September 21, 2020 report
Almost a dozen new variable stars detected in the open cluster NGC 1912 and its surroundings
Chinese astronomers have conducted a study of variable stars in the galactic open cluster NGC 1912 and its surrounding field, detecting 11 new variables in this cluster, including binary systems. The study was detailed in a research paper published September 11 on the arXiv pre-print repository.
Star clusters offer excellent opportunities to study stellar evolution, as they are collections of stars with similar properties, for instance age, distance and initial composition. In particular, astronomers often search for variable stars in young clusters, which could be crucial in advancing the understanding of pre-main-sequence (PMS) stars, and therefore the initial phases of stellar evolution.
Estimated to be about 300 million years old, NGC 1912 (also known as Messier 38) is an open cluster located some 3,200 light years away, in the anti-center direction of our Milky Way galaxy. So far, over 800 member stars of this cluster have been identified, which includes at least 20 variables of different types such as Delta Scuti, Gamma Doradus, and also eclipsing binaries (EBs).
Now, a team of astronomers led by Chunyan Li of the Chinese Academy of Sciences (CAS) reports the discovery of 11 new variable stars in NGC 1912 based on observations performed with the Nanshan 1-m telescope (NOWT) of the Xinjiang Astronomical Observatory. To confirm the membership of the newly found objects, they used the Unsupervised Photometric Membership Assignment in Stellar Clusters (UPMASK) method and data from ESA's Gaia satellite.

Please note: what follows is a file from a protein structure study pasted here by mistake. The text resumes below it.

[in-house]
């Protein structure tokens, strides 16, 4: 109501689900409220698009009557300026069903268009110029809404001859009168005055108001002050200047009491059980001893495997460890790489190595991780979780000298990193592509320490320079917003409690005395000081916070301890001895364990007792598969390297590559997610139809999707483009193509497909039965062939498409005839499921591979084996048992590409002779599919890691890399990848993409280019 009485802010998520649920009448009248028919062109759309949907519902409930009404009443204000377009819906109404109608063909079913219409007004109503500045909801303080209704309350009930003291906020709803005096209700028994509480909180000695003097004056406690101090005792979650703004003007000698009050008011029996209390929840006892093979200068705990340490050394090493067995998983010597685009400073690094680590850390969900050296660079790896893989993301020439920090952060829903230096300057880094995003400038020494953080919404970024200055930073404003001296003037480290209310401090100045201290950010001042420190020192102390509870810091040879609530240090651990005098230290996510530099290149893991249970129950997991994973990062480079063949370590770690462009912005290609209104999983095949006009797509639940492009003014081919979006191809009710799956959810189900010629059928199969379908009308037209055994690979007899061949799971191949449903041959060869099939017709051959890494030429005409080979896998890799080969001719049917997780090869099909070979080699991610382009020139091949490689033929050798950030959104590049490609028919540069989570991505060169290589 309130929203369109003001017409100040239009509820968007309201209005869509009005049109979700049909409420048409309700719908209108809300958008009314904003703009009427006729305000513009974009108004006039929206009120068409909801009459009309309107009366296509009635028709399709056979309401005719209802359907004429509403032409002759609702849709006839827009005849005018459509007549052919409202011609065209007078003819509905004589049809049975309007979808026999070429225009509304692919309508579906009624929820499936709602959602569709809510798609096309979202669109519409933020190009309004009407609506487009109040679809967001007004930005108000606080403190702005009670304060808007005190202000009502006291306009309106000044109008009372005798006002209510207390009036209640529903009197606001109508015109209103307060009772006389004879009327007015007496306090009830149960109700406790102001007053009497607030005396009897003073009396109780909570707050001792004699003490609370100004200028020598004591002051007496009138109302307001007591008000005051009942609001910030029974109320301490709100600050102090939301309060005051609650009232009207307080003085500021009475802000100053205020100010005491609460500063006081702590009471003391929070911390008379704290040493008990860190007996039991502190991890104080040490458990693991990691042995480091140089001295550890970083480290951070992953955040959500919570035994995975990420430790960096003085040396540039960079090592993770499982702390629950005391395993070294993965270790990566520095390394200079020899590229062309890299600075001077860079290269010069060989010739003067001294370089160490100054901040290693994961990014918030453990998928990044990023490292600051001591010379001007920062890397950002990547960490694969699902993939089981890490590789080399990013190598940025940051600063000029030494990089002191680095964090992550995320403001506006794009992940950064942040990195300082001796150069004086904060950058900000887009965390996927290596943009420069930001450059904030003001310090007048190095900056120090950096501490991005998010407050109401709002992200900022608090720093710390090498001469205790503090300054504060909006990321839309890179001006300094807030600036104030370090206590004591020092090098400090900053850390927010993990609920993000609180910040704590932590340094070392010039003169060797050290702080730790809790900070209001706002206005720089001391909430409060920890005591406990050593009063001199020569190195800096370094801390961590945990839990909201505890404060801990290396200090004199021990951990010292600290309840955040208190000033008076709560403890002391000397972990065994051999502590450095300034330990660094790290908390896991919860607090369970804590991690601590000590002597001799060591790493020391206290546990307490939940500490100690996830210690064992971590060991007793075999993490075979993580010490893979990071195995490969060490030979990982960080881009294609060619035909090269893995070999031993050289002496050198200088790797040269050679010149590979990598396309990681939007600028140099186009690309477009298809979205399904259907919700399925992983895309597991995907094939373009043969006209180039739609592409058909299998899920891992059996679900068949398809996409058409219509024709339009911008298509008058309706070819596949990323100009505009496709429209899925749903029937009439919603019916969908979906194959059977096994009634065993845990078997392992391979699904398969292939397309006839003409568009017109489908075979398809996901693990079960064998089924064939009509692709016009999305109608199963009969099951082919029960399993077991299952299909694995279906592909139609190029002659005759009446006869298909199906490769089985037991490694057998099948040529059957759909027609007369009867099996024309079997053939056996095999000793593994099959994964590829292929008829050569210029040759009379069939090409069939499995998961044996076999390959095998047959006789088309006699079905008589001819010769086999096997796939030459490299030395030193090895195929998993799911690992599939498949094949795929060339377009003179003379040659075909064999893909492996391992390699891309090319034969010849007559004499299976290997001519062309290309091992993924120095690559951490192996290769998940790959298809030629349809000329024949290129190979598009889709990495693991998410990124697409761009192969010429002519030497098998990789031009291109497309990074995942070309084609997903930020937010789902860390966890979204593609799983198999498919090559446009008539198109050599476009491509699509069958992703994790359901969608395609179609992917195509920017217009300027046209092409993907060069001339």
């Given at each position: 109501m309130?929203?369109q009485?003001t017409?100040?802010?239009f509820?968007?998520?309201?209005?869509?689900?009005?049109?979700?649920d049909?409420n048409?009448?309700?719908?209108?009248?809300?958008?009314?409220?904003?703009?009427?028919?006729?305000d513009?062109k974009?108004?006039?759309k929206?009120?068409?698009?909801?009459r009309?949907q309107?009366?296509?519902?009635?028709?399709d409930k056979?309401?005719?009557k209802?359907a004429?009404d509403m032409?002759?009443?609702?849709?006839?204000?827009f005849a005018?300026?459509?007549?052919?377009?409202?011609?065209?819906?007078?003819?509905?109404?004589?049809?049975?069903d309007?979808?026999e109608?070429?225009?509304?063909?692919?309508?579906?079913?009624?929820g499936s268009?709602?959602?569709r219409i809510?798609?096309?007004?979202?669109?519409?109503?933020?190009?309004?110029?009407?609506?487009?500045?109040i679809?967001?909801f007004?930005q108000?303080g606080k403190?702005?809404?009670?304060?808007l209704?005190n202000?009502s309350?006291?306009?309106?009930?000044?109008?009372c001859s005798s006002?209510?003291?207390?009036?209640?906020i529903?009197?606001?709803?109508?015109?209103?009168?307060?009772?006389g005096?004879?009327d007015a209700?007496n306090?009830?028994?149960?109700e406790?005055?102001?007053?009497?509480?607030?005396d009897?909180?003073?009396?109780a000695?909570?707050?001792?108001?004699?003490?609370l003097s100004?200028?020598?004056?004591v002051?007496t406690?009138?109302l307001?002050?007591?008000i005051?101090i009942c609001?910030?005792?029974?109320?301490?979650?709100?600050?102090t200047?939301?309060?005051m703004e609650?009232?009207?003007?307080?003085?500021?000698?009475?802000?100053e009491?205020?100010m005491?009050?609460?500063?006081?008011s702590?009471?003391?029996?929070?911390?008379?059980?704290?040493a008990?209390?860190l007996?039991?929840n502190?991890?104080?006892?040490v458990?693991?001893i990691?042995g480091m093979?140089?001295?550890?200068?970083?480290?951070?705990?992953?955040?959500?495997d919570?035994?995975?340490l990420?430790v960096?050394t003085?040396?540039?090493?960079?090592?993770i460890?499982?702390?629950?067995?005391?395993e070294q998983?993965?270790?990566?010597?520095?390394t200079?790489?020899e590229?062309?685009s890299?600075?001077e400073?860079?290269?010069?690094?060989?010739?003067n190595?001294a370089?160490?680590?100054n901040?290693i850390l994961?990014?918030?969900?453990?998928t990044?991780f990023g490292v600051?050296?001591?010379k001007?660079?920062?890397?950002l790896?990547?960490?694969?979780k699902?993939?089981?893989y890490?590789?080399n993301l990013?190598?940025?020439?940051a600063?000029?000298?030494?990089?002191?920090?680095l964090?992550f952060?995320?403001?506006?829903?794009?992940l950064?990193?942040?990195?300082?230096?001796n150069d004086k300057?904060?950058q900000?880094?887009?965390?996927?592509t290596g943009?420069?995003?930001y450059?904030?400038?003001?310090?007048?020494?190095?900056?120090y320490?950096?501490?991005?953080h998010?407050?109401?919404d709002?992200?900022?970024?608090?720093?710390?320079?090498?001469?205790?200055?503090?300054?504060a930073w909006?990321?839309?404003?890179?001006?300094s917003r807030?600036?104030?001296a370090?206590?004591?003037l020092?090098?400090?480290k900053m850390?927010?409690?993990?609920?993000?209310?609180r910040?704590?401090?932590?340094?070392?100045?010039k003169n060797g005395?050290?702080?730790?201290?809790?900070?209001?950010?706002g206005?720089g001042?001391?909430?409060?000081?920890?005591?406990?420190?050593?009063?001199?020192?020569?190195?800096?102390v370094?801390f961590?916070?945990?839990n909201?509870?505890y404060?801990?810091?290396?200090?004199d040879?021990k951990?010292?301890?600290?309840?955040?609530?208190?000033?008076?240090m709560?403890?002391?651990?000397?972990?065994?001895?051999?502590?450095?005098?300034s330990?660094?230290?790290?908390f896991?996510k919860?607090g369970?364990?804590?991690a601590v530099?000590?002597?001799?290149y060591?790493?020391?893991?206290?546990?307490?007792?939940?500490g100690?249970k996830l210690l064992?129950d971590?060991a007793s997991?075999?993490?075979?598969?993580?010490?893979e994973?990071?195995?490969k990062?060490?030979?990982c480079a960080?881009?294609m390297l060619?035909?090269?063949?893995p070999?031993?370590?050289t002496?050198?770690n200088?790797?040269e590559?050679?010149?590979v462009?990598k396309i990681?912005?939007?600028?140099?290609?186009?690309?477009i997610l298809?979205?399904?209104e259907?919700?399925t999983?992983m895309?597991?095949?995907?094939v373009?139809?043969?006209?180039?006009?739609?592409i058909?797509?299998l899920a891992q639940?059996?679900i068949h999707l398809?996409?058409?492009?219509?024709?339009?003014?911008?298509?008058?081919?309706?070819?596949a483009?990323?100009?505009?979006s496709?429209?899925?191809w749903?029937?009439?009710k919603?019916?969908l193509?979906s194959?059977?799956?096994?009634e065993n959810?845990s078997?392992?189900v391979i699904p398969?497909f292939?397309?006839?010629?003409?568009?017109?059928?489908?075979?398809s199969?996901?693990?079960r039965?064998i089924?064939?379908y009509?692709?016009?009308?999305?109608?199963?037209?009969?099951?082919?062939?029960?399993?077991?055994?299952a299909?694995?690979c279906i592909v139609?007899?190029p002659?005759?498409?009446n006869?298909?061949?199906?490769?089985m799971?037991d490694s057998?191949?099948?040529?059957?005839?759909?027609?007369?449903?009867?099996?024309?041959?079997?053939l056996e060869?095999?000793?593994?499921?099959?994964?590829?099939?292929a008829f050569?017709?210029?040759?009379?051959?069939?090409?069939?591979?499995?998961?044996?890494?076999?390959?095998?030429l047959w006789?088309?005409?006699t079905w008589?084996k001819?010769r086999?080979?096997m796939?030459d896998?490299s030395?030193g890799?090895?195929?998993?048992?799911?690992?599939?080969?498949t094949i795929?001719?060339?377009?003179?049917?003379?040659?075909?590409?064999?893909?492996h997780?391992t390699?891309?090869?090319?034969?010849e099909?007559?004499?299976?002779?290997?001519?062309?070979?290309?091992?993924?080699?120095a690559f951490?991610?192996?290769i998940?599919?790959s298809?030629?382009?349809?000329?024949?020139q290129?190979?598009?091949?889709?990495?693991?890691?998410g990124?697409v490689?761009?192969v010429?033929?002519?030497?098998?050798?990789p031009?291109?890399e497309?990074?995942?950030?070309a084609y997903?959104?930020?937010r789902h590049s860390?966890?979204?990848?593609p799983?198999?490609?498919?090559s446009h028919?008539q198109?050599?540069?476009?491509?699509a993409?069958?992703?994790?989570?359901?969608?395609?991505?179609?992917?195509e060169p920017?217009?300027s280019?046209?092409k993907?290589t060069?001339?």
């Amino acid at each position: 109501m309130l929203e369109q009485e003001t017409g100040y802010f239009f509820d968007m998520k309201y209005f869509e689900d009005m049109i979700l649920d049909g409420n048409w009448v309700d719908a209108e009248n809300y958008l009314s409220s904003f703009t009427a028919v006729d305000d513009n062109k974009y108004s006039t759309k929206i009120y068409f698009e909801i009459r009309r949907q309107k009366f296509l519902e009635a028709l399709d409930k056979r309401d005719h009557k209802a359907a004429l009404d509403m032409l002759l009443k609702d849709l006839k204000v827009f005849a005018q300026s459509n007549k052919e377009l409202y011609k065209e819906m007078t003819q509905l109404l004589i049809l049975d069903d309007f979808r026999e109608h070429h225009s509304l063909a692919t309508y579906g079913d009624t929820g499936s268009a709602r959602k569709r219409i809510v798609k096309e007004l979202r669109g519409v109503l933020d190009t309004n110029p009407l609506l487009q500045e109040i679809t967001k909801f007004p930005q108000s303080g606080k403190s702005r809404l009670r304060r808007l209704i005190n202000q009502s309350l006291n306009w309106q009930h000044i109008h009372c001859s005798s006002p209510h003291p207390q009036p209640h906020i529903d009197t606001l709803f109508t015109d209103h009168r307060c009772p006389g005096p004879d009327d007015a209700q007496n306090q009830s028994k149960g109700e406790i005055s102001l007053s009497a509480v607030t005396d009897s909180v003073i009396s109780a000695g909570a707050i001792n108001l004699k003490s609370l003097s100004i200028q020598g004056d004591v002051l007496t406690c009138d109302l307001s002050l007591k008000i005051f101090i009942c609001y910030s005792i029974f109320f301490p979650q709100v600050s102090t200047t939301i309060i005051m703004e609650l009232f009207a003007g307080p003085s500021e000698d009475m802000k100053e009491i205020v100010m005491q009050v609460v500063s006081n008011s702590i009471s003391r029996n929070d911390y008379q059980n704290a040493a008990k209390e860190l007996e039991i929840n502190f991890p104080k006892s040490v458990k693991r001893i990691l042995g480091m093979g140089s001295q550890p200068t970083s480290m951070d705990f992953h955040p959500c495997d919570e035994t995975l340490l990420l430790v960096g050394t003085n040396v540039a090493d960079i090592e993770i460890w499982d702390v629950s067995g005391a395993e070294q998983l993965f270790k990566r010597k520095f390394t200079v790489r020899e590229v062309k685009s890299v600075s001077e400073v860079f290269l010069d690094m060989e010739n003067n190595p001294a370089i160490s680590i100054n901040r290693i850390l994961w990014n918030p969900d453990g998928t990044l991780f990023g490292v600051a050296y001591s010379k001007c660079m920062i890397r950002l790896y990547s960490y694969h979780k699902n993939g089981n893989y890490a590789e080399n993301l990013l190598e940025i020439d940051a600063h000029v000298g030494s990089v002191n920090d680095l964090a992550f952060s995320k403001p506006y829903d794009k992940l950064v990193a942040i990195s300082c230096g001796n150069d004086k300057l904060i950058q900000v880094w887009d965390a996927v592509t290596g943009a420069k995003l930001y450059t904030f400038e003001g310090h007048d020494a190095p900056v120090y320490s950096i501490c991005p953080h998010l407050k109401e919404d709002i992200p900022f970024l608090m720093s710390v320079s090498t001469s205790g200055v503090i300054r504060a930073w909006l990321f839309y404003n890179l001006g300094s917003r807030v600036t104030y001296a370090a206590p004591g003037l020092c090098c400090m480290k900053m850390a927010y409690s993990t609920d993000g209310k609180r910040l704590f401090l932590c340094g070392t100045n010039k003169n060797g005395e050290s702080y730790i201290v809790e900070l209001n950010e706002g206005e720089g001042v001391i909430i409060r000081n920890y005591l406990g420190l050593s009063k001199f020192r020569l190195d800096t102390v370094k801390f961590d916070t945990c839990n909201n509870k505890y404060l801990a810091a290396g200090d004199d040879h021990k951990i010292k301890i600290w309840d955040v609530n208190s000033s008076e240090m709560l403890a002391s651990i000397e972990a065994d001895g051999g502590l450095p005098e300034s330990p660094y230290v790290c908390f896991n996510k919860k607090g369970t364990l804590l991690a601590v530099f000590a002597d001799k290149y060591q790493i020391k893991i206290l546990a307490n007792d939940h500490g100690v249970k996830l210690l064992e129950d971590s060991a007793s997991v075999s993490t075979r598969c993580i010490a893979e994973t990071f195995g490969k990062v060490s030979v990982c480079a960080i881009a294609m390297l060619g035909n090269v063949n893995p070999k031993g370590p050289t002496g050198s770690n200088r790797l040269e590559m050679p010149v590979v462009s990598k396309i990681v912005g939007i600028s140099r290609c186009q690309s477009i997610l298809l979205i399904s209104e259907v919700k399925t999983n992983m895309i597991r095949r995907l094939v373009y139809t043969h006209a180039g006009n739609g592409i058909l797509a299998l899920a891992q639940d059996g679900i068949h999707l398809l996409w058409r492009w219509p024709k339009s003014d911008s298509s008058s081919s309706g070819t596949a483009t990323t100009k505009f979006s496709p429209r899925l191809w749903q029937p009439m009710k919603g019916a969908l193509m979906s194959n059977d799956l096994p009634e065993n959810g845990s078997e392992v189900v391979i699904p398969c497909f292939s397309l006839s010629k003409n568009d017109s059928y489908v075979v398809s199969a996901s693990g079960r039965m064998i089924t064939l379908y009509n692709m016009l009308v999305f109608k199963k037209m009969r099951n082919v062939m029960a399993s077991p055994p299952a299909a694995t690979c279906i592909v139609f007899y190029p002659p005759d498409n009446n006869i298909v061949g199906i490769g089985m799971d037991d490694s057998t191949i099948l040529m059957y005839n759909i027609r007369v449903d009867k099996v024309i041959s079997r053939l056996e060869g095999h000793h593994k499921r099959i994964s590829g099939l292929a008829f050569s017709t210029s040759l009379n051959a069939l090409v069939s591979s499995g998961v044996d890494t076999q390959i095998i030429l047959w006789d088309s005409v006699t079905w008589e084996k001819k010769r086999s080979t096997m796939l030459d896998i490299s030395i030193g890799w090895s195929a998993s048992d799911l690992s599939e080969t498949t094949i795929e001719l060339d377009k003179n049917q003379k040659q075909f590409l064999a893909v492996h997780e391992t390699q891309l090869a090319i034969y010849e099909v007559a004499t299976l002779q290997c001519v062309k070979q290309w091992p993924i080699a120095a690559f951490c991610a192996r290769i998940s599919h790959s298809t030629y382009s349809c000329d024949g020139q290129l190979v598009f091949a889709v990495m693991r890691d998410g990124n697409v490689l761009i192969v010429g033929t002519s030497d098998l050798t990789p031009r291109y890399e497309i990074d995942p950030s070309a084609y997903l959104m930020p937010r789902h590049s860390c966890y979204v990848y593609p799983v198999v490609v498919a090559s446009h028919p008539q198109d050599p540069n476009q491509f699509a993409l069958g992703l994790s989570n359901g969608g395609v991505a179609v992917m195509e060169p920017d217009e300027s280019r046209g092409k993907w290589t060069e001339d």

"We investigated and characterized the variable stars in the open cluster NGC 1912 and its surrounding ﬁeld by photometric observations," the astronomers wrote in the paper.
Out of the 11 newly detected variables, six are Gamma Doradus stars, one is a Delta Scuti star, three are detached binaries and one was classified as a contact binary. Additionally, the study also detected 13 previously known variable stars in NGC 1912.
The newfound variables have mean instrumental magnitudes in the V band ranging from 15.0 to 18.62 mag, and amplitudes of folded light curves in V band between 0.01 and 1.5. The periods of these stars were measured to be within the range of 0.11 to 2.56 days.
One of the newfound variables, a Gamma Doradus star designated V4, was confirmed to be the member of NGC 1912. The cluster membership probability of two other Gamma Doradus stars, V3 and V5, was estimated to be 50 and 80 percent. The membership of the remaining eight variables is still highly uncertain.
The astronomers added that further studies are needed to uncover more insights into the properties of the newly detected variables and to finally confirm their cluster membership. In particular, more data from NASA's Transiting Exoplanet Survey Satellite (TESS) could help us better understand the nature of variable stars in NGC 1912.
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